How bad is the 2024 NBA Draft? Why this year’s class has been labeled among worst in history

The 2024 NBA Draft has been touted as a bad draft.

On the heels of a 2023 NBA Draft that produced a generational talent in Victor Wembanyama, it’s tough to stack up to that level of hype. This year’s draft class is not expected to have that type of franchise-altering talent at the top or anywhere throughout.

“It reminds me of the 2013 draft when Anthony Bennett went No. 1,” a Western Conference executive told Fox Sports’ Ric Bucher back in May. “There are good players in this draft. The issue is, even in the top three, there are no franchise changers,” an Eastern Conference executive said.

The former part of that second quote feels important to specify.

Draft classes are often judged by their star power. In 2024’s case, the two prospects jockeying to go No. 1 — Zaccharie Risacher (France) and Alexandre Sarr (Australia) — did not play college basketball. Nor did four other players who are projected to go in the lottery.

That unfamiliarity leaves the general public lukewarm on the headliner names (and also explains why there’s so much interest in where college stars like Zach Edey and Bronny James will end up).

But is this draft class as bad as it’s being made out to be?

Comparing 2024 NBA Draft to 2013 NBA Draft

The 2013 NBA Draft is widely considered to be the worst in recent history. Even if the 2024 NBA Draft isn’t loaded with star power, it feels deeper than the 2013 class.

UNLV’s Anthony Bennett went No. 1 overall and turned out to be one of the biggest busts of all time. He only played four seasons and 151 games in the NBA, averaging 4.4 points and 3.1 rebounds.

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Victor Oladipo (No. 2 overall) was the only player picked in the lottery who ended up being an All-Star.

The 2013 draft class was somewhat salvaged by future international stars like Giannis Antetokounmpo (No. 15) and Rudy Gobert (No. 27).

Beyond that duo, the next group of names to highlight would be Kentavious Caldwell-Pope, C.J. McCollum, Steven Adams, Dennis Schroder, and Kelly Olynyk.

Out of 60 picks, that is … bleak, from both a star-power and role-player perspective.

There are no prospects in the 2024 NBA Draft class who are complete products. Even the top-ranked players have very clear weaknesses, and their improvements in those areas will define how their careers shake out.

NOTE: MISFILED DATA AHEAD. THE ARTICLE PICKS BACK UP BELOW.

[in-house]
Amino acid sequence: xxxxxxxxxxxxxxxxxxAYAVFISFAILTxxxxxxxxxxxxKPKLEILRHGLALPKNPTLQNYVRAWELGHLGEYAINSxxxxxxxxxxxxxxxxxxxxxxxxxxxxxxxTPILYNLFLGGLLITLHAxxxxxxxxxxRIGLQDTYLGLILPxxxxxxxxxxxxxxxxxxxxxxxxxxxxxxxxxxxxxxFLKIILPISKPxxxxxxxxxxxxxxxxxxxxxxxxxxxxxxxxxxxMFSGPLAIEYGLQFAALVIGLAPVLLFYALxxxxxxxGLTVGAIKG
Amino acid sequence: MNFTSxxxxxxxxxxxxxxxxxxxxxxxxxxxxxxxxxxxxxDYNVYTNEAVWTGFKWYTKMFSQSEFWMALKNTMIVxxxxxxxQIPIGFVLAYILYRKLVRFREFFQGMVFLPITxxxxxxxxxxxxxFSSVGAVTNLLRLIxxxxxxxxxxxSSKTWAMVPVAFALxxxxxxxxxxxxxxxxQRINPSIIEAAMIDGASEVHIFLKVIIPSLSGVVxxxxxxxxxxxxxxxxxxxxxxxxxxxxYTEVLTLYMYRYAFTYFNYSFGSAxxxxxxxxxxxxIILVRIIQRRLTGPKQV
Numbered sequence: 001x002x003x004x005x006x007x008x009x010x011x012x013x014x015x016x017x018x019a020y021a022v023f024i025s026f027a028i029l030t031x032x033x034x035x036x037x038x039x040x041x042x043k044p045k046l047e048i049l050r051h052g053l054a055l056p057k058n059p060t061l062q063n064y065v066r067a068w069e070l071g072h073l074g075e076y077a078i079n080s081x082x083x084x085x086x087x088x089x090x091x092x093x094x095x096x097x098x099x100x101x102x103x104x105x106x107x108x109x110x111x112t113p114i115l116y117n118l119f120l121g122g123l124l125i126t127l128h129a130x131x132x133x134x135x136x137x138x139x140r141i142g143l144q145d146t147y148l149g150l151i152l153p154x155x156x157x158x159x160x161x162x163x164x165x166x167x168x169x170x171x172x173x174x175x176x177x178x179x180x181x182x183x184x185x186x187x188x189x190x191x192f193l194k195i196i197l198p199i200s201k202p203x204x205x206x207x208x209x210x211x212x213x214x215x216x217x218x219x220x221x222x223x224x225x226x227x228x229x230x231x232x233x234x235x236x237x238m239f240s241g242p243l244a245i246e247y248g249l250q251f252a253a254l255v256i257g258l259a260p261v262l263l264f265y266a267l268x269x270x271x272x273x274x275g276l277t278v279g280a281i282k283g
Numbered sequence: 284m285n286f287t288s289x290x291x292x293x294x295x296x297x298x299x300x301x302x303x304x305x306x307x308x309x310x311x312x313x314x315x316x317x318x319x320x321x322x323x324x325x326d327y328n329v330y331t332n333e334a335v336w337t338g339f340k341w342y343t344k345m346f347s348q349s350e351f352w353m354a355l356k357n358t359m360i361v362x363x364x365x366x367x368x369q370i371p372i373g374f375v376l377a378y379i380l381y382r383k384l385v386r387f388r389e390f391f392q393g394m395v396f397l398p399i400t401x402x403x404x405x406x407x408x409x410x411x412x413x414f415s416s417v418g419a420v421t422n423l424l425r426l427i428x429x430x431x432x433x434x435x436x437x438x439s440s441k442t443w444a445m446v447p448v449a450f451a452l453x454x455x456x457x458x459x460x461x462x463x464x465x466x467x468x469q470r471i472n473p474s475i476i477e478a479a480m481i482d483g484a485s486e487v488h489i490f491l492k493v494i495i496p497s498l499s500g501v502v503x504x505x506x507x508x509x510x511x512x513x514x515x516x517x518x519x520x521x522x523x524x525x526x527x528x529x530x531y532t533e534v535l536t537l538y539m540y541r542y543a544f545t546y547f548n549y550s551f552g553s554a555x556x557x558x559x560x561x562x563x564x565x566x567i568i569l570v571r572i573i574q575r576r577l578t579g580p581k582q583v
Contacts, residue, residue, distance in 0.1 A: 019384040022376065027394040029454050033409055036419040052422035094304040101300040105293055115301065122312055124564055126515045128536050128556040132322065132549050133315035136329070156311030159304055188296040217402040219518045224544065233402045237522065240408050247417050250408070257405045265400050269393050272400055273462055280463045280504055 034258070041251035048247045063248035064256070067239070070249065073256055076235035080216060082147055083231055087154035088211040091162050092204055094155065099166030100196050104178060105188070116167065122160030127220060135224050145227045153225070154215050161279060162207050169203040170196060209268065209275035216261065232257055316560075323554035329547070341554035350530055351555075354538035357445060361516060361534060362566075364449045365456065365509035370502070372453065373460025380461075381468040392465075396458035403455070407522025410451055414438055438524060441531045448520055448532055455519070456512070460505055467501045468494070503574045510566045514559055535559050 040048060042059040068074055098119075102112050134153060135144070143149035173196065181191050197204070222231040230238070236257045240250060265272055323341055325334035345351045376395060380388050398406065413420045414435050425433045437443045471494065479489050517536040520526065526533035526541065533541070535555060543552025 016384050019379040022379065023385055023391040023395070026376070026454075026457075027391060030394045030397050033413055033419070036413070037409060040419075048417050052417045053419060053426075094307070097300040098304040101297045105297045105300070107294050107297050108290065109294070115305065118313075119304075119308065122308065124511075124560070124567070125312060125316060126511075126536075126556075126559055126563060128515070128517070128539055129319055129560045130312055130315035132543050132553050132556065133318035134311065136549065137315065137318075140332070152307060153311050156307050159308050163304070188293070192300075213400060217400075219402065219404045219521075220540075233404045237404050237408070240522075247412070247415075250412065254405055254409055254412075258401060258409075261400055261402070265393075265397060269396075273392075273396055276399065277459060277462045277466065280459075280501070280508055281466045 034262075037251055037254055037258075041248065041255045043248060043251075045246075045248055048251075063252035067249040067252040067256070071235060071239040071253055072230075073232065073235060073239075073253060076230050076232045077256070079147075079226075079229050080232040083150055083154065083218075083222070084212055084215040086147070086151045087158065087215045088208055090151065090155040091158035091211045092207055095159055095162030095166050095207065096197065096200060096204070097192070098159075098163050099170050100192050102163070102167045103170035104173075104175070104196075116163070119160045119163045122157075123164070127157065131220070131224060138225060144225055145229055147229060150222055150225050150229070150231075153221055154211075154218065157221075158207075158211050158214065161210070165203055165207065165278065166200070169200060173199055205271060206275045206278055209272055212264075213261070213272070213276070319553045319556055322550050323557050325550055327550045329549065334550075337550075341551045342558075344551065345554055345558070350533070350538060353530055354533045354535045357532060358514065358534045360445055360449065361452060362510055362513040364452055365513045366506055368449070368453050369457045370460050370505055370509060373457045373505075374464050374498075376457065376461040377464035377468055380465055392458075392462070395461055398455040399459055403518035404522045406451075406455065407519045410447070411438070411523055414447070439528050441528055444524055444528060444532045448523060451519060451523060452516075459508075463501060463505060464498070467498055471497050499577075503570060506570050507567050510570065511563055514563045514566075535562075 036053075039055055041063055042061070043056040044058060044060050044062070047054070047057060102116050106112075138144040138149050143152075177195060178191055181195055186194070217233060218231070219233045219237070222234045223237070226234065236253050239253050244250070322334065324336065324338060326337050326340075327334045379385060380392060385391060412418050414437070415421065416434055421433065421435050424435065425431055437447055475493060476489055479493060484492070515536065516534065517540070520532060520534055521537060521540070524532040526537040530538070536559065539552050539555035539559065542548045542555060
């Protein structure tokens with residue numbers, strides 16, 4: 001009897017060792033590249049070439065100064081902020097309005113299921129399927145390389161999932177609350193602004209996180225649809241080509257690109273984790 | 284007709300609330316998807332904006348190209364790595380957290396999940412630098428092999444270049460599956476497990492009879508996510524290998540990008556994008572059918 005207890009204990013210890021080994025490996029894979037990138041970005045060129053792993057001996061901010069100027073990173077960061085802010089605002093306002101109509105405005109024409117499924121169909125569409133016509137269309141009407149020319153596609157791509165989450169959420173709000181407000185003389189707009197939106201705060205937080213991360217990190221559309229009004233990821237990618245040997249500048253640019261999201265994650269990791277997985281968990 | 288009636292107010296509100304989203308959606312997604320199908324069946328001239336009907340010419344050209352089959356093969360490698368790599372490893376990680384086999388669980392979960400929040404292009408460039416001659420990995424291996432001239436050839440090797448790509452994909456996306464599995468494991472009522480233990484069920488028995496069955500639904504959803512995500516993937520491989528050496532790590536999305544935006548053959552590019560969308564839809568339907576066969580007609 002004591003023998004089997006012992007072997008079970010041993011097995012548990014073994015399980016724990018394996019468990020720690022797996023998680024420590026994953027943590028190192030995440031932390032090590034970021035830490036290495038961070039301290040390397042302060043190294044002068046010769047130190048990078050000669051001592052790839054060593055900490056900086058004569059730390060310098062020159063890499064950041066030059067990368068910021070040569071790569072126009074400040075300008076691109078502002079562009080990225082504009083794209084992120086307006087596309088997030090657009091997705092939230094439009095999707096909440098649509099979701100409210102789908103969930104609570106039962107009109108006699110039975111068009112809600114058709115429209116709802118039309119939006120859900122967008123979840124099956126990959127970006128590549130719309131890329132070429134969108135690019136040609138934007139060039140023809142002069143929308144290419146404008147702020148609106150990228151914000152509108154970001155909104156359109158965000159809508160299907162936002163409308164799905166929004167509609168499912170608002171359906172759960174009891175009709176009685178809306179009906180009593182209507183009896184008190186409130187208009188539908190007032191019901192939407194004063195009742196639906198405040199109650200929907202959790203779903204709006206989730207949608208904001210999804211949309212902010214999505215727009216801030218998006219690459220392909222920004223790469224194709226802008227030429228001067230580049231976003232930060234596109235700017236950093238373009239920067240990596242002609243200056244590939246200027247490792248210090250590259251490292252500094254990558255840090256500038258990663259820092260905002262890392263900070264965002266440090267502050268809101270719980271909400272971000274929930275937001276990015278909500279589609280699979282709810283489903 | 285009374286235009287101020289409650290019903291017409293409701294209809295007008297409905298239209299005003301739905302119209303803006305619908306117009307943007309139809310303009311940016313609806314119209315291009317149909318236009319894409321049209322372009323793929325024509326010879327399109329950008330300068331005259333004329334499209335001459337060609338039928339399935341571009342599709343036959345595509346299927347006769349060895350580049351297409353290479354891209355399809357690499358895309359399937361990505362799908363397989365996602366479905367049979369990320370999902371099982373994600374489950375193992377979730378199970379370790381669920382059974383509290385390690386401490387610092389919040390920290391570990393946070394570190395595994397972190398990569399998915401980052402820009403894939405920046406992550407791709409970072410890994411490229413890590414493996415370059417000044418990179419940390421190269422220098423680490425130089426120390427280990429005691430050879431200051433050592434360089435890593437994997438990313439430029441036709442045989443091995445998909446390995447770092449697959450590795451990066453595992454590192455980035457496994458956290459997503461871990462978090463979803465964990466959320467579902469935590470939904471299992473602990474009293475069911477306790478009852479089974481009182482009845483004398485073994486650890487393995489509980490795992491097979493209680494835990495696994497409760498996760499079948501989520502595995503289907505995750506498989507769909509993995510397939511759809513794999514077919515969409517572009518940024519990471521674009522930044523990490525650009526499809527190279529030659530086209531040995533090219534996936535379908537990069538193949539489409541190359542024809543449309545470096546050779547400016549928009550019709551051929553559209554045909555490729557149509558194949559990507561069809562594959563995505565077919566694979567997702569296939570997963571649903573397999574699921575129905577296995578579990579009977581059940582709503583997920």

But some prospects excel in certain areas that will allow them to carve out roles in NBA rotations for years to come.

That is why this draft class — from a depth perspective — feels more like 2020 than it is 2013.

Comparing 2024 NBA Draft to 2020 NBA Draft

The 2020 NBA Draft class was also labeled a bad draft. In hindsight, that aged poorly.

Anthony Edwards and LaMelo Ball were anticipated to be superstar-caliber players, but there wasn’t much hype beyond those two.

Four years later, it has produced All-Stars like Pacers guard Tyrese Haliburton and 76ers guard Tyrese Maxey. There are also more than a handful of key role players from that class around the NBA.

Desmond Bane, Jaden McDaniels, Devin Vassell, Obi Toppin, Payton Pritchard, Deni Avdija, Immanuel Quickley, and Aaron Nesmith are a few. Patrick Williams, Onyeka Okongwu, Isaiah Joe, Cole Anthony, Isaiah Stewart, and Tre Jones are worth mentioning, too.

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Ahead of that draft, I wrote about how that class had a different type of potential. Why can’t 2024 be the same?

Risacher, Kentucky’s Reed Sheppard and Rob Dillingham, Tennessee’s Dalton Knecht, and Duke’s Jared McCain can all shoot the cover off the ball. Sarr and UConn’s Donovan Clingan are ready to contribute as defensive anchors and lob-catchers from Day 1.

UConn’s Stephon Castle, G League Ignite’s Matas Buzelis and Ron Holland, and Colorado’s Cody Williams are jack-of-all-trades-type prospects with a ton of potential. Colorado’s Tristan da Silva and Marquette’s Tyler Kolek are upperclassmen ready to provide minutes off the bench right now.

And that’s just to name a couple of projected first-rounders.

In the same way that few anticipated Haliburton, Maxey, Bane, and McDaniels turning into rising stars, there will be players from the 2024 class who break out unexpectedly.

No, this class does not have an Edwards or Ball-type franchise cornerstone, but there are plenty of players who do certain things really well and will make a long career in the NBA because of it.


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